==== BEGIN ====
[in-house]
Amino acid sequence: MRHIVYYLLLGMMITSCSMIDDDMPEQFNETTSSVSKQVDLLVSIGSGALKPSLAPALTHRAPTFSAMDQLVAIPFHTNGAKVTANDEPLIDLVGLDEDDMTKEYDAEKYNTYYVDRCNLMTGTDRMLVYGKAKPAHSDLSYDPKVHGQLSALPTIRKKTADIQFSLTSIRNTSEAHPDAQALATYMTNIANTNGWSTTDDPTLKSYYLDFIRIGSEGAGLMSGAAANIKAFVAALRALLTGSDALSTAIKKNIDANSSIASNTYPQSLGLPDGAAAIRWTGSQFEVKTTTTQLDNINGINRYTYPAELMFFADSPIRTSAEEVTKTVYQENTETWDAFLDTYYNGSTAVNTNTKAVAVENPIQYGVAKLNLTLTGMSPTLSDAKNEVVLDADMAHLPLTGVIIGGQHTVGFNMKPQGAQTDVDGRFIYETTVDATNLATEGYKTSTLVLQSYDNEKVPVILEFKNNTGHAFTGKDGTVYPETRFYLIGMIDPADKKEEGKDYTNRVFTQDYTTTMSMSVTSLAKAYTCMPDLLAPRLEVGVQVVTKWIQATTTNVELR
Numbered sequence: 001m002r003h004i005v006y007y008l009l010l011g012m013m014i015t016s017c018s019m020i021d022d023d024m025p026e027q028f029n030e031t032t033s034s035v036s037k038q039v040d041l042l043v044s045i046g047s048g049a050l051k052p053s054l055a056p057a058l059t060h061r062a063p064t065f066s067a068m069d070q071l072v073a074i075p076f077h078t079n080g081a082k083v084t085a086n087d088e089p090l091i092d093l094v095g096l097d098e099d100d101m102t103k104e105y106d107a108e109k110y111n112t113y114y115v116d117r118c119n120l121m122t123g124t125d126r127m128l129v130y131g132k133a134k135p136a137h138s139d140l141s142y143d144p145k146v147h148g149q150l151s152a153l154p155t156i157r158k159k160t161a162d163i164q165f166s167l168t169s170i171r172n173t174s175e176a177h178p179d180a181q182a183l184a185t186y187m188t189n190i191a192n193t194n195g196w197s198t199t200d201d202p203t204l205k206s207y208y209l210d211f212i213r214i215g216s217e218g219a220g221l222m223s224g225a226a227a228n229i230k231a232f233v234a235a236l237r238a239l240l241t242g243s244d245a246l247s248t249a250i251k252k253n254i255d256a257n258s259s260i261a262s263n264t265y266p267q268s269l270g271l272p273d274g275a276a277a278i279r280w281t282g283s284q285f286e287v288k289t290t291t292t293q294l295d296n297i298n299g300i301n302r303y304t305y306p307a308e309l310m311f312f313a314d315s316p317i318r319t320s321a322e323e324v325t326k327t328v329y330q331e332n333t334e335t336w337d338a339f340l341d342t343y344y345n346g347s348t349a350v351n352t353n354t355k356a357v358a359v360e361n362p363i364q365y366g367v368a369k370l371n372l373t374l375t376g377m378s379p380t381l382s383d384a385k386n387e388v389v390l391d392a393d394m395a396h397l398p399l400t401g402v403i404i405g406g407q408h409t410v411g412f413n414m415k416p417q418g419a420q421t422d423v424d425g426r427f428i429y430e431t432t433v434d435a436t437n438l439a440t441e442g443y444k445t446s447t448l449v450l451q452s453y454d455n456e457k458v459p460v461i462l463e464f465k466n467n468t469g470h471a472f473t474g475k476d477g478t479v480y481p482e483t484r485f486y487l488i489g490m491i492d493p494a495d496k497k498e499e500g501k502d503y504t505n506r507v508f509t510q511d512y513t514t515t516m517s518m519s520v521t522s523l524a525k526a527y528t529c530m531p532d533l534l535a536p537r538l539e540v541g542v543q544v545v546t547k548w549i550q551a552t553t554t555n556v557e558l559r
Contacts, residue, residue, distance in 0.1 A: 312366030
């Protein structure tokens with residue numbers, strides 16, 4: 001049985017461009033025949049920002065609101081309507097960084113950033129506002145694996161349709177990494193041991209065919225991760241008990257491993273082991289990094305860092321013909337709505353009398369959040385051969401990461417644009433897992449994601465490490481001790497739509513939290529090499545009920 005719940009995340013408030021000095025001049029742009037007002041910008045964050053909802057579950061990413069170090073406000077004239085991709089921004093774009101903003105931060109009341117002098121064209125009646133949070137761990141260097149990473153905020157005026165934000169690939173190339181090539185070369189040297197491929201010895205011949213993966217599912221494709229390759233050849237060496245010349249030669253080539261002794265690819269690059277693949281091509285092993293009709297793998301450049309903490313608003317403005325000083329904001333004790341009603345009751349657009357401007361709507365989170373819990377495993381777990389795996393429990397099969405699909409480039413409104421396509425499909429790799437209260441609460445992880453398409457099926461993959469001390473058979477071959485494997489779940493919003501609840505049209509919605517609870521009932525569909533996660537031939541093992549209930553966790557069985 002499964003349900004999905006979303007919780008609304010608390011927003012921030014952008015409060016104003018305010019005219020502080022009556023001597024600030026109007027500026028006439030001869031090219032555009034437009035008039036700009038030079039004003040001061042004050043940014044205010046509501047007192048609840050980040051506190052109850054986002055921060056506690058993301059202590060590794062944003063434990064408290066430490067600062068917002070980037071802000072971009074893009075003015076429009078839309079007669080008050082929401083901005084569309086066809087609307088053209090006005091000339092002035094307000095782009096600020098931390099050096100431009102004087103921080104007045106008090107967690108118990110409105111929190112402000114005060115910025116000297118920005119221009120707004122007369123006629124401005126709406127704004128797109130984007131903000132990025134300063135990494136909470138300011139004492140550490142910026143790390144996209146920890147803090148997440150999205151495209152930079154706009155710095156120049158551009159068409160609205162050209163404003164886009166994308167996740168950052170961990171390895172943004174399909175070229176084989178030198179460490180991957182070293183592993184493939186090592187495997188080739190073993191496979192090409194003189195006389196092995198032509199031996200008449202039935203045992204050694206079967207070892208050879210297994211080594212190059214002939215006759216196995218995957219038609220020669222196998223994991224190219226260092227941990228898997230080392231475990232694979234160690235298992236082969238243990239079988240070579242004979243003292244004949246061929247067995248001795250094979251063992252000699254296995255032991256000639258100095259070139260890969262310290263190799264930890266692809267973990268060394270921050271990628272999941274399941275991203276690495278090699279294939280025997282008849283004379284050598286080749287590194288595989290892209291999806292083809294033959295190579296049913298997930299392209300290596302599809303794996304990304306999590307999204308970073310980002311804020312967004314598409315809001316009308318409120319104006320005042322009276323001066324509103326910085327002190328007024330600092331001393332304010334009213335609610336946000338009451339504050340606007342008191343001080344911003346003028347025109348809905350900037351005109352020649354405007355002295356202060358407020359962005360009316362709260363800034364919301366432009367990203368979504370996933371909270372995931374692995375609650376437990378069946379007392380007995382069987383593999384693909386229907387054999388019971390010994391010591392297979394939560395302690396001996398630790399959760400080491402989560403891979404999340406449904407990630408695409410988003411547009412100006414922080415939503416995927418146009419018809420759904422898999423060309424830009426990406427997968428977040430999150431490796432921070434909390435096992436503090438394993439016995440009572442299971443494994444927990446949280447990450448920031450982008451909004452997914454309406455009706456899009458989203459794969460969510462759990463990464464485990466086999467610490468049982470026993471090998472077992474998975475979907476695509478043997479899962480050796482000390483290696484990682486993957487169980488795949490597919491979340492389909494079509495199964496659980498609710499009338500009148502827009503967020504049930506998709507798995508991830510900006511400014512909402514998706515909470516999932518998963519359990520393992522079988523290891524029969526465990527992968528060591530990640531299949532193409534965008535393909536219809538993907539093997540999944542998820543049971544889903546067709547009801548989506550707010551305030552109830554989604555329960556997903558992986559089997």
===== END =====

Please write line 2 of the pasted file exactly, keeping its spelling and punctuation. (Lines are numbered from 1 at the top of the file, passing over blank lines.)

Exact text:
Amino acid sequence: MRHIVYYLLLGMMITSCSMIDDDMPEQFNETTSSVSKQVDLLVSIGSGALKPSLAPALTHRAPTFSAMDQLVAIPFHTNGAKVTANDEPLIDLVGLDEDDMTKEYDAEKYNTYYVDRCNLMTGTDRMLVYGKAKPAHSDLSYDPKVHGQLSALPTIRKKTADIQFSLTSIRNTSEAHPDAQALATYMTNIANTNGWSTTDDPTLKSYYLDFIRIGSEGAGLMSGAAANIKAFVAALRALLTGSDALSTAIKKNIDANSSIASNTYPQSLGLPDGAAAIRWTGSQFEVKTTTTQLDNINGINRYTYPAELMFFADSPIRTSAEEVTKTVYQENTETWDAFLDTYYNGSTAVNTNTKAVAVENPIQYGVAKLNLTLTGMSPTLSDAKNEVVLDADMAHLPLTGVIIGGQHTVGFNMKPQGAQTDVDGRFIYETTVDATNLATEGYKTSTLVLQSYDNEKVPVILEFKNNTGHAFTGKDGTVYPETRFYLIGMIDPADKKEEGKDYTNRVFTQDYTTTMSMSVTSLAKAYTCMPDLLAPRLEVGVQVVTKWIQATTTNVELR